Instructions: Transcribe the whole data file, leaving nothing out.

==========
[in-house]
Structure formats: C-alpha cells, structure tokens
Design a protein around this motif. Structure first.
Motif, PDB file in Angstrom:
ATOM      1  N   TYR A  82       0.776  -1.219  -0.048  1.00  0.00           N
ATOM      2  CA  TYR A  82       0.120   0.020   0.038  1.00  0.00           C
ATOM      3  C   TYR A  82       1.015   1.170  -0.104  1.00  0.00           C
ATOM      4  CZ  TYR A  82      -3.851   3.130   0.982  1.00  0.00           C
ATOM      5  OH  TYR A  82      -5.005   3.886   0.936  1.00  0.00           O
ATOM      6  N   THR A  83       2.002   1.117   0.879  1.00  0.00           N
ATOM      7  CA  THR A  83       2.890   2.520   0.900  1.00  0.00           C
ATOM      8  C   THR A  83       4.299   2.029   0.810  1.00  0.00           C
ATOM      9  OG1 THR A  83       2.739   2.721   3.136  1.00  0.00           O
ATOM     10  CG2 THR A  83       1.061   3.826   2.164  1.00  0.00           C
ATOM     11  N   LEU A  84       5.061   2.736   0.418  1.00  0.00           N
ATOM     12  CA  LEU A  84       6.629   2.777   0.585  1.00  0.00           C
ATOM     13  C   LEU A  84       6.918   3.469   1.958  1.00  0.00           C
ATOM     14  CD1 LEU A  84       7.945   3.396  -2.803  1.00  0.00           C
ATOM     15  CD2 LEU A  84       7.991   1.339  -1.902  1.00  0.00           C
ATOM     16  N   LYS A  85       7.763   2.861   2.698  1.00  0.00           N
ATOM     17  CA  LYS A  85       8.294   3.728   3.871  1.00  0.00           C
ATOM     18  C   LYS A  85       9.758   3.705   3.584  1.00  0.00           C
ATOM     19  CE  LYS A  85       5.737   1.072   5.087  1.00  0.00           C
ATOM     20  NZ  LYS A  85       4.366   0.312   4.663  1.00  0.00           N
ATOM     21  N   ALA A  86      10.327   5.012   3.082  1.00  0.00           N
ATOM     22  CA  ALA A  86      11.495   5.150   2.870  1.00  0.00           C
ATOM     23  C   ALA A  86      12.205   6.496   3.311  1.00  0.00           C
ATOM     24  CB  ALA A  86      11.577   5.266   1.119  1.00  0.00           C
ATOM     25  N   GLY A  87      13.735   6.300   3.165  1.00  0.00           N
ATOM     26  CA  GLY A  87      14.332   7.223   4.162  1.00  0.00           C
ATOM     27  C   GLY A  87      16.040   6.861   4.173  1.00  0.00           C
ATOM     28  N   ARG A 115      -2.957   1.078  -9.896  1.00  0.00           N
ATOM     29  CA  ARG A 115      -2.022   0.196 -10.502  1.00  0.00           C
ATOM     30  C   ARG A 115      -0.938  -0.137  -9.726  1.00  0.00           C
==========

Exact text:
[in-house]
Structure formats: C-alpha cells, structure tokens
Design a protein around this motif. Structure first.
Motif, PDB file in Angstrom:
ATOM      1  N   TYR A  82       0.776  -1.219  -0.048  1.00  0.00           N
ATOM      2  CA  TYR A  82       0.120   0.020   0.038  1.00  0.00           C
ATOM      3  C   TYR A  82       1.015   1.170  -0.104  1.00  0.00           C
ATOM      4  CZ  TYR A  82      -3.851   3.130   0.982  1.00  0.00           C
ATOM      5  OH  TYR A  82      -5.005   3.886   0.936  1.00  0.00           O
ATOM      6  N   THR A  83       2.002   1.117   0.879  1.00  0.00           N
ATOM      7  CA  THR A  83       2.890   2.520   0.900  1.00  0.00           C
ATOM      8  C   THR A  83       4.299   2.029   0.810  1.00  0.00           C
ATOM      9  OG1 THR A  83       2.739   2.721   3.136  1.00  0.00           O
ATOM     10  CG2 THR A  83       1.061   3.826   2.164  1.00  0.00           C
ATOM     11  N   LEU A  84       5.061   2.736   0.418  1.00  0.00           N
ATOM     12  CA  LEU A  84       6.629   2.777   0.585  1.00  0.00           C
ATOM     13  C   LEU A  84       6.918   3.469   1.958  1.00  0.00           C
ATOM     14  CD1 LEU A  84       7.945   3.396  -2.803  1.00  0.00           C
ATOM     15  CD2 LEU A  84       7.991   1.339  -1.902  1.00  0.00           C
ATOM     16  N   LYS A  85       7.763   2.861   2.698  1.00  0.00           N
ATOM     17  CA  LYS A  85       8.294   3.728   3.871  1.00  0.00           C
ATOM     18  C   LYS A  85       9.758   3.705   3.584  1.00  0.00           C
ATOM     19  CE  LYS A  85       5.737   1.072   5.087  1.00  0.00           C
ATOM     20  NZ  LYS A  85       4.366   0.312   4.663  1.00  0.00           N
ATOM     21  N   ALA A  86      10.327   5.012   3.082  1.00  0.00           N
ATOM     22  CA  ALA A  86      11.495   5.150   2.870  1.00  0.00           C
ATOM     23  C   ALA A  86      12.205   6.496   3.311  1.00  0.00           C
ATOM     24  CB  ALA A  86      11.577   5.266   1.119  1.00  0.00           C
ATOM     25  N   GLY A  87      13.735   6.300   3.165  1.00  0.00           N
ATOM     26  CA  GLY A  87      14.332   7.223   4.162  1.00  0.00           C
ATOM     27  C   GLY A  87      16.040   6.861   4.173  1.00  0.00           C
ATOM     28  N   ARG A 115      -2.957   1.078  -9.896  1.00  0.00           N
ATOM     29  CA  ARG A 115      -2.022   0.196 -10.502  1.00  0.00           C
ATOM     30  C   ARG A 115      -0.938  -0.137  -9.726  1.00  0.00           C